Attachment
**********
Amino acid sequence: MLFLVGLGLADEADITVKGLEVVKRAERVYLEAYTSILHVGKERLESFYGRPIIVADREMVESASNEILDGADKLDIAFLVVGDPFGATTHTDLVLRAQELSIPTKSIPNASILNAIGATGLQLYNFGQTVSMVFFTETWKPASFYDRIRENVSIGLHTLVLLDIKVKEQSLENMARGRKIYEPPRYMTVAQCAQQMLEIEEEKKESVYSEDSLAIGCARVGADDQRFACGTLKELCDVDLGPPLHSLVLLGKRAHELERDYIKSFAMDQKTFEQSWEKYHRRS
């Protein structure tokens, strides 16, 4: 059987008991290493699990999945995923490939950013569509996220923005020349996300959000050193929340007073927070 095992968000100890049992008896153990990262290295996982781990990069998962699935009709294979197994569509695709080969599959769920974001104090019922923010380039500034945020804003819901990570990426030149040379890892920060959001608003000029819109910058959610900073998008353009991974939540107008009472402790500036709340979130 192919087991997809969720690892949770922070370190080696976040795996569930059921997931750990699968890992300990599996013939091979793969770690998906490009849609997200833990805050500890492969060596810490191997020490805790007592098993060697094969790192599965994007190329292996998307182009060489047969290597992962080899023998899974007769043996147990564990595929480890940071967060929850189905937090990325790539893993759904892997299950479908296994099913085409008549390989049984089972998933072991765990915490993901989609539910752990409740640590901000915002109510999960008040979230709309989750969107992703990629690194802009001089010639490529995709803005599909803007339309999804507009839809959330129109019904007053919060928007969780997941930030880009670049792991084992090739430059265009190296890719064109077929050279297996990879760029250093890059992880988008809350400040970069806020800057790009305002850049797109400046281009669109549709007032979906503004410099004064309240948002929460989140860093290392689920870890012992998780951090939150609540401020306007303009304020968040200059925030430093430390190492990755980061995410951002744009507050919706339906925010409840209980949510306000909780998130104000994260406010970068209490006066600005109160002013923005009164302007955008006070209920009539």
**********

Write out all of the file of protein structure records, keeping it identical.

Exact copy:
Amino acid sequence: MLFLVGLGLADEADITVKGLEVVKRAERVYLEAYTSILHVGKERLESFYGRPIIVADREMVESASNEILDGADKLDIAFLVVGDPFGATTHTDLVLRAQELSIPTKSIPNASILNAIGATGLQLYNFGQTVSMVFFTETWKPASFYDRIRENVSIGLHTLVLLDIKVKEQSLENMARGRKIYEPPRYMTVAQCAQQMLEIEEEKKESVYSEDSLAIGCARVGADDQRFACGTLKELCDVDLGPPLHSLVLLGKRAHELERDYIKSFAMDQKTFEQSWEKYHRRS
């Protein structure tokens, strides 16, 4: 059987008991290493699990999945995923490939950013569509996220923005020349996300959000050193929340007073927070 095992968000100890049992008896153990990262290295996982781990990069998962699935009709294979197994569509695709080969599959769920974001104090019922923010380039500034945020804003819901990570990426030149040379890892920060959001608003000029819109910058959610900073998008353009991974939540107008009472402790500036709340979130 192919087991997809969720690892949770922070370190080696976040795996569930059921997931750990699968890992300990599996013939091979793969770690998906490009849609997200833990805050500890492969060596810490191997020490805790007592098993060697094969790192599965994007190329292996998307182009060489047969290597992962080899023998899974007769043996147990564990595929480890940071967060929850189905937090990325790539893993759904892997299950479908296994099913085409008549390989049984089972998933072991765990915490993901989609539910752990409740640590901000915002109510999960008040979230709309989750969107992703990629690194802009001089010639490529995709803005599909803007339309999804507009839809959330129109019904007053919060928007969780997941930030880009670049792991084992090739430059265009190296890719064109077929050279297996990879760029250093890059992880988008809350400040970069806020800057790009305002850049797109400046281009669109549709007032979906503004410099004064309240948002929460989140860093290392689920870890012992998780951090939150609540401020306007303009304020968040200059925030430093430390190492990755980061995410951002744009507050919706339906925010409840209980949510306000909780998130104000994260406010970068209490006066600005109160002013923005009164302007955008006070209920009539």